How will the necessary revolutionary transition come about? I am convinced that objective forces today are progressively erasing previous distinctions between workplace exploitation and environmental degradation—as capitalism universally undermines all real-material conditions of production. This dramatic change is occurring more rapidly in the global South than the global North. As a result we are seeing in places as diverse as China, India, Egypt, Turkey, South Africa, Brazil, Bolivia, Ecuador, and even parts of North America (for example in the larger movement growing up around Canada’s indigenous-led Idle No More) the emergence of what could be called an “environmental working class” arising out of wider alliances of oppressed groups around degraded material conditions. This broadening of working-class struggles into environmental struggles and the forging of diverse community alliances should not surprise us, since the early struggles of the working class in Europe were directed as much at the toxicity of the industrial centers in which workers were compelled to live as at the exploitation within the factories.32 The extensive privatization engineered by what Naomi Klein has aptly designated as “disaster capitalism” is producing in response a new ecological sociability, embracing a vision of human production in its most fundamental sense as the metabolism of nature and society.33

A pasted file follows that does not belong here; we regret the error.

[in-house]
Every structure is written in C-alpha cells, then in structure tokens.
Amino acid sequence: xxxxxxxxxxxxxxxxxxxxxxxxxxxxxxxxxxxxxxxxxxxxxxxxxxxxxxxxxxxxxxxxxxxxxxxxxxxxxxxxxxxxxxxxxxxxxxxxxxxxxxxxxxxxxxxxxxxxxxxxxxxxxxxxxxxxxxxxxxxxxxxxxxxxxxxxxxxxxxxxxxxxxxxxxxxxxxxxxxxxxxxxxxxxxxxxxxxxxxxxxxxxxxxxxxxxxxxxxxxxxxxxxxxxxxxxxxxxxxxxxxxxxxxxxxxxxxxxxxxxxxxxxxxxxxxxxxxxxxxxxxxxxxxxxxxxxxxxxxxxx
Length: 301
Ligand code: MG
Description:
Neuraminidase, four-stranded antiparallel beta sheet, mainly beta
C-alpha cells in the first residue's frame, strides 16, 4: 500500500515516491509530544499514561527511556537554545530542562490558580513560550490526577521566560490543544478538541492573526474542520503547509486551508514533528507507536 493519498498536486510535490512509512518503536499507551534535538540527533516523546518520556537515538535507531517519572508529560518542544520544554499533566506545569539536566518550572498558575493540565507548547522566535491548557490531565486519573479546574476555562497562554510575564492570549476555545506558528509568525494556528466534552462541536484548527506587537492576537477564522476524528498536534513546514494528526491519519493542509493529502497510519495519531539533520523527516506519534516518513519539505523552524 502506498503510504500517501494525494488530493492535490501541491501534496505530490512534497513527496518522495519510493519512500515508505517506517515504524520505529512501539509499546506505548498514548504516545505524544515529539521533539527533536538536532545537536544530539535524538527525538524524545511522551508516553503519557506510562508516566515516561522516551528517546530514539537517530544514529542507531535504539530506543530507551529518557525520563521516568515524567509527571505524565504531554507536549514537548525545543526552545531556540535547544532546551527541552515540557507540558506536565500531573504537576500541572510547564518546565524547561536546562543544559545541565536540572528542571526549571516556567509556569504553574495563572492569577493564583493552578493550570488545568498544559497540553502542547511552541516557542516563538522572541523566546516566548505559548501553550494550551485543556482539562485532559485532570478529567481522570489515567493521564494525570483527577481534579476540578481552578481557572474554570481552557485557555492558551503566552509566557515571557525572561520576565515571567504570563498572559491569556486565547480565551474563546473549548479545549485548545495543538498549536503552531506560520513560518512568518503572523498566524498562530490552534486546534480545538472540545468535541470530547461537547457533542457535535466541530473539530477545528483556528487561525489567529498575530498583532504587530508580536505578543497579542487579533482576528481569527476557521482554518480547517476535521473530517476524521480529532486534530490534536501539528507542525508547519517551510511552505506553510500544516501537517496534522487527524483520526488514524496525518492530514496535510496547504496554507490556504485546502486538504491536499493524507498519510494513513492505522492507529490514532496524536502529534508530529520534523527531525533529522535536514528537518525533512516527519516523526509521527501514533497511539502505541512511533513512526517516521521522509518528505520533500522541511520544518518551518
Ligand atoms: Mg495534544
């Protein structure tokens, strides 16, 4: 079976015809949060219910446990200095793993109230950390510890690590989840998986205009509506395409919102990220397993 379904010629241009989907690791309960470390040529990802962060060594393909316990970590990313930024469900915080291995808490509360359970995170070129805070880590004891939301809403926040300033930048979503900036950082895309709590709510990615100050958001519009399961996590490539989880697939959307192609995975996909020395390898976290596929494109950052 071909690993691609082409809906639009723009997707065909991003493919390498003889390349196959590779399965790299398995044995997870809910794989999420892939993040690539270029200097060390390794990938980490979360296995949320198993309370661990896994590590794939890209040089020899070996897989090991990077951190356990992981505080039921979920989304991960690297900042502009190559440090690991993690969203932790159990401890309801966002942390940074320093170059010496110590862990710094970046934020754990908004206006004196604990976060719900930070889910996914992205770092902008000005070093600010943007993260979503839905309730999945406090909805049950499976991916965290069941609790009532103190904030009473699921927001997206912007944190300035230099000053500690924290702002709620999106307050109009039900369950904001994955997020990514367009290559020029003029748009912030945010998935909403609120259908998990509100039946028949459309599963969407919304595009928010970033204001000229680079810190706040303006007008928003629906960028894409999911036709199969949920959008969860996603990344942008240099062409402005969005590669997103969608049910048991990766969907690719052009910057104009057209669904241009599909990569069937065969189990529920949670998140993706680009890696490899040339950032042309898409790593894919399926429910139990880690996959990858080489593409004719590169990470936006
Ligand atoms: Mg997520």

Central to the epochal crisis, as we have seen, is the misuse of natural-material use values, both within production narrowly conceived, and also within what Marx called “the metabolic interaction of nature and society,” or human production in its widest, most dialectical sense. All material relations, whether economic, cultural-communal, or environmental, are affected. We are therefore approaching a historical moment—a product of the vast creative destructiveness of capitalism in our age—when these various material conditions will no longer be as disconnected as they have been for most of the past century. Although all sorts of conflicts remain within working communities around labor, environmental, and cultural issues—with the powers that be doing their best to disunite workers in line with the age-old principle of divide and conquer—the objective conditions are nonetheless emerging that are creating the potential for a larger material alliance against the system. This will likely take the form of a co-revolutionary struggle, in the sense suggested by David Harvey, embodying an alliance of gender, race, class, indigenous, and environmental movements.34